Scandinavia in NYC

Our next stop as we travel the world are the Scandinavian countries of Denmark, Finland, Iceland, Norway, and Sweden.  Here are some of our Scandinavia in NYC finds. As we start on Park Ave in NYC, you will come across the Scandinavia House at 38th street.

scandinavia house nyc, susan sez, the three tomatoes

Scandinavia House from NYC Go

Scandinavia House is the headquarters of the American-Scandinavian Foundation and it’s a combination cultural center, concert venue, restaurant and more. They have a fabulous shop filled with all kinds of wonderful Scandinavian crafts such as blankets, clothing, sweaters, jewelry and children’s toys and books. The center offers diverse exhibitions and film series, as well as concerts and other performances, readings, lectures, symposia, language courses, and children’s activities surrounding Scandinavian culture. The current exhibit features Danish Paintings from the Golden Age to the Modern Breakthrough. Finally, their amazing restaurant Smorgas Chef, is top rated, serving up house-cured gravlaks salmon with mustard sauce and the traditional Scandinavian vanilla waffles.

summer day, scandinavian house nyc, the three tomatoes

Harald Slott-Møller (1864 – 1937) Summer Day, 1888 via Scandinavia House Exhibit Site

Throughout the 1900’s, Bay Ridge, Brooklyn was a Scandinavian neighborhood. Throughout the 90’s it thrived as the place to go for a great authentic dinner, annual parades and various cultural events. The population has since moved on just as other neighborhoods have shifted and so have the many restaurants and food shops. As the Scandinavian population has spread their wings and moved across Brooklyn and Manhattan, so has their influence on the food we experience today. Many great eats such as smorgasbord (been to Brooklyn’s weekly Smorgasburg yet?), herring, swedish pancakes and all sorts of buttery cookies have made it to our hearts. Many may have had their first taste experience with the iconic Swedish Meatball as the Swedish Superstore IKEA moved into Brooklyn.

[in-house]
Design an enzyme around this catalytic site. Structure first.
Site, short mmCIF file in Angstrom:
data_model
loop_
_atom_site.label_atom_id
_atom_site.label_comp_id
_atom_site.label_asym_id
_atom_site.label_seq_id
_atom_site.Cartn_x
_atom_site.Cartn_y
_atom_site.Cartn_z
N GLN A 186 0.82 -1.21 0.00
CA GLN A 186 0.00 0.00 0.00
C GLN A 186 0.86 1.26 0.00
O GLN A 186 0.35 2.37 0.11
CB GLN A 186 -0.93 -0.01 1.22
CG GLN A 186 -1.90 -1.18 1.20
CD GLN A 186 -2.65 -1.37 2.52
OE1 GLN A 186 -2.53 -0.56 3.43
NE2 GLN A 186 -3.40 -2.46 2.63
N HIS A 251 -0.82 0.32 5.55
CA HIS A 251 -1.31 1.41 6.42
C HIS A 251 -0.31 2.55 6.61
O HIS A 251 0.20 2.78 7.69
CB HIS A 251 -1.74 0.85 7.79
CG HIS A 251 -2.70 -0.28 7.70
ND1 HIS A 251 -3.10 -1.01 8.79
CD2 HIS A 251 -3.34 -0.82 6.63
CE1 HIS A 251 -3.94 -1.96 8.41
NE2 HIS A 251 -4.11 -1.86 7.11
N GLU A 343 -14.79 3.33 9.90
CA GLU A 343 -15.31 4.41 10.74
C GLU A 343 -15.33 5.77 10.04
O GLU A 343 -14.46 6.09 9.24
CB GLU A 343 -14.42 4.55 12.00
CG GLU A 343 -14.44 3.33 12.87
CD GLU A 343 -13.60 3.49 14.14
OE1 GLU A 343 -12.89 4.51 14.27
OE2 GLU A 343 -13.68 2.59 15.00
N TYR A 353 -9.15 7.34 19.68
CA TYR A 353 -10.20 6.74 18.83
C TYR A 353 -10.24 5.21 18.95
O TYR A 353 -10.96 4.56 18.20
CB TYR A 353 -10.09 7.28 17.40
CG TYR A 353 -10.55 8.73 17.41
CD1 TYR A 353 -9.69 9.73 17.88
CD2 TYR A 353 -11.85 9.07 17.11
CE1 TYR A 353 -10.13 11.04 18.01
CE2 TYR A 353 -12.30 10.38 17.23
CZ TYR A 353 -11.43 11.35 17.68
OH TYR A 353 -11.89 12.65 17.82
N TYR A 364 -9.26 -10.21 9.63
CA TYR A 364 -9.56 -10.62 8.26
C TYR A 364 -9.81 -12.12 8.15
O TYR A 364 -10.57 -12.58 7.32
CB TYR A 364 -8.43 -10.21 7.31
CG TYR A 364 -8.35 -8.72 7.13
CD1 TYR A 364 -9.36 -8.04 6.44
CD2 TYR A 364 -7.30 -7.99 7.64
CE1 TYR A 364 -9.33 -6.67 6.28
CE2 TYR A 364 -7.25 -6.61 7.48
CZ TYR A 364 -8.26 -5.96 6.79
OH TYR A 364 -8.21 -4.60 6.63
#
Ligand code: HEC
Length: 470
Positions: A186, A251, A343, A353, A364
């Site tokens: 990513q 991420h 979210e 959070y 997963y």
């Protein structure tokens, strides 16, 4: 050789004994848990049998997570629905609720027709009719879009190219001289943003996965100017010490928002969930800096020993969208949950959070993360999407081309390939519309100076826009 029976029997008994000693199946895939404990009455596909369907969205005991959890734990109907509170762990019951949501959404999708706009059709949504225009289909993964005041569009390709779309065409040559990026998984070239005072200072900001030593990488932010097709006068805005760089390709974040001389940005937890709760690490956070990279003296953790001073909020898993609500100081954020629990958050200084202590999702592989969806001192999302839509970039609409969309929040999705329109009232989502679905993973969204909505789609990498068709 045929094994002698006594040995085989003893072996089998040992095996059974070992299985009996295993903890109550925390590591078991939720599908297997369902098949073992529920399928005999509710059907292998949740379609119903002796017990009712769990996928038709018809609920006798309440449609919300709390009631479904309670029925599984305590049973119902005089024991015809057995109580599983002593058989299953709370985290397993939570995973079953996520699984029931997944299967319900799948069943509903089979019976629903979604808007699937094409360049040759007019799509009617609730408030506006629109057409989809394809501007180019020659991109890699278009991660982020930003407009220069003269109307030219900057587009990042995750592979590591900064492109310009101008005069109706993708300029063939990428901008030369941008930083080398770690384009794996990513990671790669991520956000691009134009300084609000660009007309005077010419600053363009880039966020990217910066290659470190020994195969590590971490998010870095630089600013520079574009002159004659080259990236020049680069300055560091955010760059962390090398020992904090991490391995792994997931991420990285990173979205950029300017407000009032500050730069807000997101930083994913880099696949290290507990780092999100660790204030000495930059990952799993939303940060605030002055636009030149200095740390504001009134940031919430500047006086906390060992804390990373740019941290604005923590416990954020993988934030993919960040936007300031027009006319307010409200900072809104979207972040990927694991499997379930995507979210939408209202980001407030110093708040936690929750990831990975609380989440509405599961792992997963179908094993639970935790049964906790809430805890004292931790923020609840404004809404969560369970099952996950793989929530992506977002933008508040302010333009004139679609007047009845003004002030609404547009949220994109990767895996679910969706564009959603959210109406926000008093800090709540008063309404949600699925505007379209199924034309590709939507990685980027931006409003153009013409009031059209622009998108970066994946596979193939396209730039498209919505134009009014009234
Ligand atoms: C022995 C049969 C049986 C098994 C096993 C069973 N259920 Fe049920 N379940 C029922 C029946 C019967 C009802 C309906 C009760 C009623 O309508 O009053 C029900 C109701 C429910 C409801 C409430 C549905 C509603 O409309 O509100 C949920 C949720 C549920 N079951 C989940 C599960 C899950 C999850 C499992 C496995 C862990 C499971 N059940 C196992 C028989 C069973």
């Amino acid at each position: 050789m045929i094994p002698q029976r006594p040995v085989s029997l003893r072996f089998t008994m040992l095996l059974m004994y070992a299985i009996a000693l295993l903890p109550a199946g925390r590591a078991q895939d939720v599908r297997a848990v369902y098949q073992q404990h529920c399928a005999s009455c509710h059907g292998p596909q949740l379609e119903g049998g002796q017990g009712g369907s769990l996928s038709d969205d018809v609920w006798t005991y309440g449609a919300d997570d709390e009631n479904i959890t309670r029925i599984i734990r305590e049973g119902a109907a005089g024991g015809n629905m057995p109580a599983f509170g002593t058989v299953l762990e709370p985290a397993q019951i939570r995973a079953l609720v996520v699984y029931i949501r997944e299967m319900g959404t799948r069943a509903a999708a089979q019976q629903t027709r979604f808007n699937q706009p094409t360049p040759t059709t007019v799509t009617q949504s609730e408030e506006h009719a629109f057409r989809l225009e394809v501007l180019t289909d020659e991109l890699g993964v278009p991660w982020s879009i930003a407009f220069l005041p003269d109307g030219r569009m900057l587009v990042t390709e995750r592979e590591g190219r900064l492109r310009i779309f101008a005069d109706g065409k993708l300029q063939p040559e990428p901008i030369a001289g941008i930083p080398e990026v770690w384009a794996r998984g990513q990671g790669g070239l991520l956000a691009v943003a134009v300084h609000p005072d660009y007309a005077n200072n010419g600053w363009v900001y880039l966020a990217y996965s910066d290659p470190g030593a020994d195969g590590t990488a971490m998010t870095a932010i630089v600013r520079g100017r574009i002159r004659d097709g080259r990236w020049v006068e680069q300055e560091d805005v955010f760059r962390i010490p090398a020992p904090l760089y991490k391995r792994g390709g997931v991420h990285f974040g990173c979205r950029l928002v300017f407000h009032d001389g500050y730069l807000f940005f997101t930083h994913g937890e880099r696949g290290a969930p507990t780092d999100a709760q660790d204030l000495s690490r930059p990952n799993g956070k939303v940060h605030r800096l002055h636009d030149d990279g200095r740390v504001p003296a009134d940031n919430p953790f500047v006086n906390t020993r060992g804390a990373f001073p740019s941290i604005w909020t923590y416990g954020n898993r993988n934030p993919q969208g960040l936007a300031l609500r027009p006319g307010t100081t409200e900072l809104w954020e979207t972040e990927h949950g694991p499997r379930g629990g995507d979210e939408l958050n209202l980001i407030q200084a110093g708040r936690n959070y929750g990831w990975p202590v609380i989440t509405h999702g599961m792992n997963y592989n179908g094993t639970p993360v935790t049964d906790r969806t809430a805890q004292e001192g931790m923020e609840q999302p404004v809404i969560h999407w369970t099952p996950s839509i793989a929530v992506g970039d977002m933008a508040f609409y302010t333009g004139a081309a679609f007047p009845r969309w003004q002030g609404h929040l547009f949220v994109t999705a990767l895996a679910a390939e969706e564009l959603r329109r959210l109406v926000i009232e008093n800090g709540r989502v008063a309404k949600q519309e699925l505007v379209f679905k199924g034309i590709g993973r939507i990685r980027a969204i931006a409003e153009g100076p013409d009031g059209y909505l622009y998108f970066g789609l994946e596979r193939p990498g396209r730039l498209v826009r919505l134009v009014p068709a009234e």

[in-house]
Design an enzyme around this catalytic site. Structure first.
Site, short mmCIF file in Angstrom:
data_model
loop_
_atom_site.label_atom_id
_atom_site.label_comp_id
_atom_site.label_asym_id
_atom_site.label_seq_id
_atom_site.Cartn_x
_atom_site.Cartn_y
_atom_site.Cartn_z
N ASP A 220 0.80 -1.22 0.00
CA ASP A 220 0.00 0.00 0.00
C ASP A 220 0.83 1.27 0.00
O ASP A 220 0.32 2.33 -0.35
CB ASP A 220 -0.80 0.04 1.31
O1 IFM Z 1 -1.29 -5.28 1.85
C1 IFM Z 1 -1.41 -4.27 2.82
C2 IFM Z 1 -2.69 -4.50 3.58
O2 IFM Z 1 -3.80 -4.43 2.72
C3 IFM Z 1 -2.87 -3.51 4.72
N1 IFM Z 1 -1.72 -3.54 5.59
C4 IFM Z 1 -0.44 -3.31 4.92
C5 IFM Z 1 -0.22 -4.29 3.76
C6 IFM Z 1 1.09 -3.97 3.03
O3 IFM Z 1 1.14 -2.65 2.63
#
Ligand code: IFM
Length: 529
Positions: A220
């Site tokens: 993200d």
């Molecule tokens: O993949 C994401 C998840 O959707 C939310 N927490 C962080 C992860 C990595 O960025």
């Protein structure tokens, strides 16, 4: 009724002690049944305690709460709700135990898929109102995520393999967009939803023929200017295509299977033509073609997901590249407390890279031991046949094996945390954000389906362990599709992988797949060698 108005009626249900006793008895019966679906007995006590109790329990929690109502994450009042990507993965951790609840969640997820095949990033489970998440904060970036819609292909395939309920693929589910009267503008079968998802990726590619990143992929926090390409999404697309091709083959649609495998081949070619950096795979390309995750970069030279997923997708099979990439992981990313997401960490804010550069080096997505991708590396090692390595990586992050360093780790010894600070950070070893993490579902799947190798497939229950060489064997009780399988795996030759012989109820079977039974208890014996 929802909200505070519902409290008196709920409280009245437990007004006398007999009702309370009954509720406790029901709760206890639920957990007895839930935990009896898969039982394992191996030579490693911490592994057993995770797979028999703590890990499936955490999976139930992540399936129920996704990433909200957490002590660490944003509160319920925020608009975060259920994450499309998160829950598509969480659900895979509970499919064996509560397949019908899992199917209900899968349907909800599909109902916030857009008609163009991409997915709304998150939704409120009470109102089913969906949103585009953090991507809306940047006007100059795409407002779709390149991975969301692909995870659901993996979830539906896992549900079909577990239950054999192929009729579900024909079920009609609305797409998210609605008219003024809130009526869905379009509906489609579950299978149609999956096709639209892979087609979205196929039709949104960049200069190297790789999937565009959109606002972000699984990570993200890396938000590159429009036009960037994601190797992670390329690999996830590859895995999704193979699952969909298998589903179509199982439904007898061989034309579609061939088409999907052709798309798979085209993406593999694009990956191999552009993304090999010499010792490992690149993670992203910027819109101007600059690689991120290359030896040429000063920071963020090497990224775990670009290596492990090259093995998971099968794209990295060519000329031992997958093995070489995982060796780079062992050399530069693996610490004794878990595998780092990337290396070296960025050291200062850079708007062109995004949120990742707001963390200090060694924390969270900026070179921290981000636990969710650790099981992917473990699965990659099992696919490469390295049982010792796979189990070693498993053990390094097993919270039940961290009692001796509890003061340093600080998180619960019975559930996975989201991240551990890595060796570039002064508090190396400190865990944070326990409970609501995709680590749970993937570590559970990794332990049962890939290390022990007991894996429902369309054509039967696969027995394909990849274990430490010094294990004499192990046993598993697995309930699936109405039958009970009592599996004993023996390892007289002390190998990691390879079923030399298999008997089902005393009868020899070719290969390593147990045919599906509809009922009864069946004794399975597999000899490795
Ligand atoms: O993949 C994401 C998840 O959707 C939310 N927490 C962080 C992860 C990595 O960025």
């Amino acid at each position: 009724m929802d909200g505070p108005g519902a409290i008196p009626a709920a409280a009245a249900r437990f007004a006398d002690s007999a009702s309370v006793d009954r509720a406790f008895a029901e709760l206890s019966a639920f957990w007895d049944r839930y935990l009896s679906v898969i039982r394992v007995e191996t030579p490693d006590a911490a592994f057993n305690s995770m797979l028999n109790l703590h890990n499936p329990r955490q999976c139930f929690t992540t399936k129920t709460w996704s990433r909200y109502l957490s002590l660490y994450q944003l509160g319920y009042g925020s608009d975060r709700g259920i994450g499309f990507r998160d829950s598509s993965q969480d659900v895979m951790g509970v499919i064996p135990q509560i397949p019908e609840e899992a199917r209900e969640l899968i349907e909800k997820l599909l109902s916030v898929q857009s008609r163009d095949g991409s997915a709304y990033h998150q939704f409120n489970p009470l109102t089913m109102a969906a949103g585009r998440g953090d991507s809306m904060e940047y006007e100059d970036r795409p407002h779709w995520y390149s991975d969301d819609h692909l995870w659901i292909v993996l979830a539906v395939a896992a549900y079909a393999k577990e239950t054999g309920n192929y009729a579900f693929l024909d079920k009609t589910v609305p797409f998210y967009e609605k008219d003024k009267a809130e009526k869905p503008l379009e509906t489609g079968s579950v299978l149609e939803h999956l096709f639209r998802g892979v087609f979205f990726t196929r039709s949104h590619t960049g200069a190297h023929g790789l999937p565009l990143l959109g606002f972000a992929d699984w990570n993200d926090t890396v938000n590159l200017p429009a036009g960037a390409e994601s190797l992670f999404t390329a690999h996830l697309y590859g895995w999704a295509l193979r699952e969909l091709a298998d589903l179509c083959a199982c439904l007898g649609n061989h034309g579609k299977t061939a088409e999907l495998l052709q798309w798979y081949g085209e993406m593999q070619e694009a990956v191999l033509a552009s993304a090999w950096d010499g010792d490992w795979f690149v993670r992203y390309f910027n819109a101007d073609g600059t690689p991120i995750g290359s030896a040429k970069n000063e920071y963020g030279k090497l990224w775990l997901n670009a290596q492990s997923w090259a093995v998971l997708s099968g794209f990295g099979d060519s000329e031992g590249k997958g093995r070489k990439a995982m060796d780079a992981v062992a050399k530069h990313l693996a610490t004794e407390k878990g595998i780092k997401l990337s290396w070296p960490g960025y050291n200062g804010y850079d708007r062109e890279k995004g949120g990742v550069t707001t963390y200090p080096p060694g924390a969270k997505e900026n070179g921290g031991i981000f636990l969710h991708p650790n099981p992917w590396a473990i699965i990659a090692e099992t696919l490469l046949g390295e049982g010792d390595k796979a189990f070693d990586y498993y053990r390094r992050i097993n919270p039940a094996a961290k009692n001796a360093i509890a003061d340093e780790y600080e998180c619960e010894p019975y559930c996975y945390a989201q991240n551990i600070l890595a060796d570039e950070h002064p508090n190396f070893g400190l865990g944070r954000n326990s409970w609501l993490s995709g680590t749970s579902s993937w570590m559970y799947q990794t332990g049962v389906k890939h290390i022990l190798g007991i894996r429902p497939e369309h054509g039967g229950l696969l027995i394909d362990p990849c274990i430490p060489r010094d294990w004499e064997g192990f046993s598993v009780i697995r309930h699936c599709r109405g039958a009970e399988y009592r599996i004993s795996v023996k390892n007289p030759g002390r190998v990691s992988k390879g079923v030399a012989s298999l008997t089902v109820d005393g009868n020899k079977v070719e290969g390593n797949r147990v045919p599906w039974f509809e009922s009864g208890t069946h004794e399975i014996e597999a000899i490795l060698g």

sweedish meatballs

Swedish Meatballs from the Food Network

Just up the street is Aquavit on 55 St and Park which is a fabulous restaurant on my list of “must eats in NYC’. The décor is simple and elegant and the authentic Nordic cuisine is delish. Marcus Samuelsson, an Ethiopian adopted by a Swedish family, made his mark on NYC as their executive chef and became the youngest ever to receive a three-star restaurant review from The New York Times. He started cooking with his Swedish Grandma and then attended culinary school which was followed up by apprenticeships across Austria, Switzerland and NYC. He has since moved on to open his own restaurant in Harlem, The Red Rooster, but more about that in a future posting.

In addition to great Scandinavian restaurants, New York is rich in Scandinavian design. In the 1960’s and 70’s, Swedish design and crafts were all over NYC. Everyone had a Rya rug in the 60s and 70s, a traditional Scandinavian wool rug. Georg Jensen, Dansk, and Marimekko are still around with their classic home furnishing designs but of course IKEA has changed the way many people buy furniture today.

scandinavian knitting shops nyc, the three tomatoes

Scandinavian Knitting with a distinctive combination of colors

As you may or may not know I am also an avid knitter and there certainly is a lot of Scandinavian influences in knitting. You can find the influences both in the fabulous yarn and great designs.

I hope you have enjoyed the trip through Scandinavia within NYC! If you want to explore the food some more check out some of these other fabulous Scandinavian restaurants:

Aamanns: Stop here for a great Danish Beer

Aska: Try one of their 2 tasting menus

Fika: With several locations throughout Manhattan, they feature delicious coffee, pastries and sandwiches

Konditori: Try their great coffee and the “cocoa ball”

SKÁL: Try the salt cod croquettes

Now that your tummies are full I will see you next week somewhere around the world!

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